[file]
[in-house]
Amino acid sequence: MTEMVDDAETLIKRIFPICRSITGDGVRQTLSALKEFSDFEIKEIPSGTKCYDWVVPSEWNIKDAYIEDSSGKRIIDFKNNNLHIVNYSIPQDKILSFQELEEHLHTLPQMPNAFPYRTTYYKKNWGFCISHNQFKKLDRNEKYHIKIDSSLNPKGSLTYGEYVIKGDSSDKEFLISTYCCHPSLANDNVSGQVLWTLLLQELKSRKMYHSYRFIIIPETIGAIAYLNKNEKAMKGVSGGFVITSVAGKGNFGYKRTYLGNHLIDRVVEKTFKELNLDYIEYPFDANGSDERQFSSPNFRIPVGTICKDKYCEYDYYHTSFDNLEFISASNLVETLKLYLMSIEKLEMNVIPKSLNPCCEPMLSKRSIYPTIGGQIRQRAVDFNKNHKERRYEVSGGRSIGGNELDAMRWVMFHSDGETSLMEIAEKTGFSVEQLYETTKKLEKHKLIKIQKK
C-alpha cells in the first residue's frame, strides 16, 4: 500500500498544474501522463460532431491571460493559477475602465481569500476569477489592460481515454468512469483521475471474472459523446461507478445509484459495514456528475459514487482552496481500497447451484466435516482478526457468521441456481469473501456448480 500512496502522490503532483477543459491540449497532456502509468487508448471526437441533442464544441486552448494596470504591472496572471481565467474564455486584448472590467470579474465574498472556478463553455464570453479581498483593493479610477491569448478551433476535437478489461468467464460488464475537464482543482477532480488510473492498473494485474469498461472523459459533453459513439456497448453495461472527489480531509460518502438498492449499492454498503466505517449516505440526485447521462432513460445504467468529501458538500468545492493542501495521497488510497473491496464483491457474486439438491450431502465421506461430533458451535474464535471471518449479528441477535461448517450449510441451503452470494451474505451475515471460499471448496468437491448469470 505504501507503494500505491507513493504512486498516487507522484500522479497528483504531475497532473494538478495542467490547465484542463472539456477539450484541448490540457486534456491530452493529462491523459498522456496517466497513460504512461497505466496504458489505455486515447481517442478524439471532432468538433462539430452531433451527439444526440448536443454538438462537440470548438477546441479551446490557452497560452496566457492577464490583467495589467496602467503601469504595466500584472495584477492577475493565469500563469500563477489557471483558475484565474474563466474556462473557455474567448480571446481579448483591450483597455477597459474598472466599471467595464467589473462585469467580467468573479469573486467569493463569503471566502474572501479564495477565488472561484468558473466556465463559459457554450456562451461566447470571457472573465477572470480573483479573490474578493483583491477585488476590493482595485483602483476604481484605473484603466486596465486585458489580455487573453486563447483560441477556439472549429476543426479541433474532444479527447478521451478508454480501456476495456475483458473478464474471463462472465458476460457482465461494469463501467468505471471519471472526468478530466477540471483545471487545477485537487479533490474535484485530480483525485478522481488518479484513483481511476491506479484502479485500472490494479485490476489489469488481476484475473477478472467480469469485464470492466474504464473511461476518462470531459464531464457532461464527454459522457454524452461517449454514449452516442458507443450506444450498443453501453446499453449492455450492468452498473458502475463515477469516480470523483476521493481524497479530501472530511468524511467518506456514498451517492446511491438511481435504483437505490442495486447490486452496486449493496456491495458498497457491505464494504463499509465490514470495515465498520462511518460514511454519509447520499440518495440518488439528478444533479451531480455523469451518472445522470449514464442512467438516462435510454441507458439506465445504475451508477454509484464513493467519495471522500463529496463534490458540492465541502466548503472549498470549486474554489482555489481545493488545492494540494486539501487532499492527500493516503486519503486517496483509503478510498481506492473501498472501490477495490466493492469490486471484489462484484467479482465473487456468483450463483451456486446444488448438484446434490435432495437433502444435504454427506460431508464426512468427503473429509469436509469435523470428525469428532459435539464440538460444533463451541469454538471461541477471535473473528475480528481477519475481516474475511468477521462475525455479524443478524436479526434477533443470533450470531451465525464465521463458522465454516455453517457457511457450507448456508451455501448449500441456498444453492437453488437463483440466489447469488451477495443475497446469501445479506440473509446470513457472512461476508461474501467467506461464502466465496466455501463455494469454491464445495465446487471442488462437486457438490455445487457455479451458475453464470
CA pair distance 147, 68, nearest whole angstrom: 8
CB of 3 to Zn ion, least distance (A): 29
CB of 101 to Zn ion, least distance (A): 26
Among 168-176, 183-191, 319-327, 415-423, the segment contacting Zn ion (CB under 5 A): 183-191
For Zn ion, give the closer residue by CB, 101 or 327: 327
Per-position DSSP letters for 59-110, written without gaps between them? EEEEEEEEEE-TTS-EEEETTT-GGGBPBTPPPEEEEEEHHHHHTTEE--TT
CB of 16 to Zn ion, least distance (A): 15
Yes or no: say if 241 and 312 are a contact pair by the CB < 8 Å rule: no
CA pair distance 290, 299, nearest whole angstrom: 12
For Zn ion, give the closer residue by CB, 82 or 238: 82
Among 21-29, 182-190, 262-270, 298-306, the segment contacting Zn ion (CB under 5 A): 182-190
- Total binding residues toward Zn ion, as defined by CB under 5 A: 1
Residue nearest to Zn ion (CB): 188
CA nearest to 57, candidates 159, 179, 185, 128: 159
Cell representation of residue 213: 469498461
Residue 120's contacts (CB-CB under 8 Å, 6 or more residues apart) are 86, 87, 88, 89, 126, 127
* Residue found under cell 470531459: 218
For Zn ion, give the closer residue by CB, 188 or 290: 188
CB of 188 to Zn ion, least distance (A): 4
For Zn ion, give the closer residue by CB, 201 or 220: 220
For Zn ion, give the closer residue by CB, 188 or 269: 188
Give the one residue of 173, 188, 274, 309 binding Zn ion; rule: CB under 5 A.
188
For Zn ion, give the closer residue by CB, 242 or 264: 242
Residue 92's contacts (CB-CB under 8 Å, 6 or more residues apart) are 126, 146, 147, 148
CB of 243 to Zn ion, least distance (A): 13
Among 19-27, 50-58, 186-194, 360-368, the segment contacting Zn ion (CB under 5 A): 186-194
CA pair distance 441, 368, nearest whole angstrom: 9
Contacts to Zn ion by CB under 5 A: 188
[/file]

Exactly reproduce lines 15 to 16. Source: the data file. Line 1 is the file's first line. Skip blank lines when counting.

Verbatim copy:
- Total binding residues toward Zn ion, as defined by CB under 5 A: 1
Residue nearest to Zn ion (CB): 188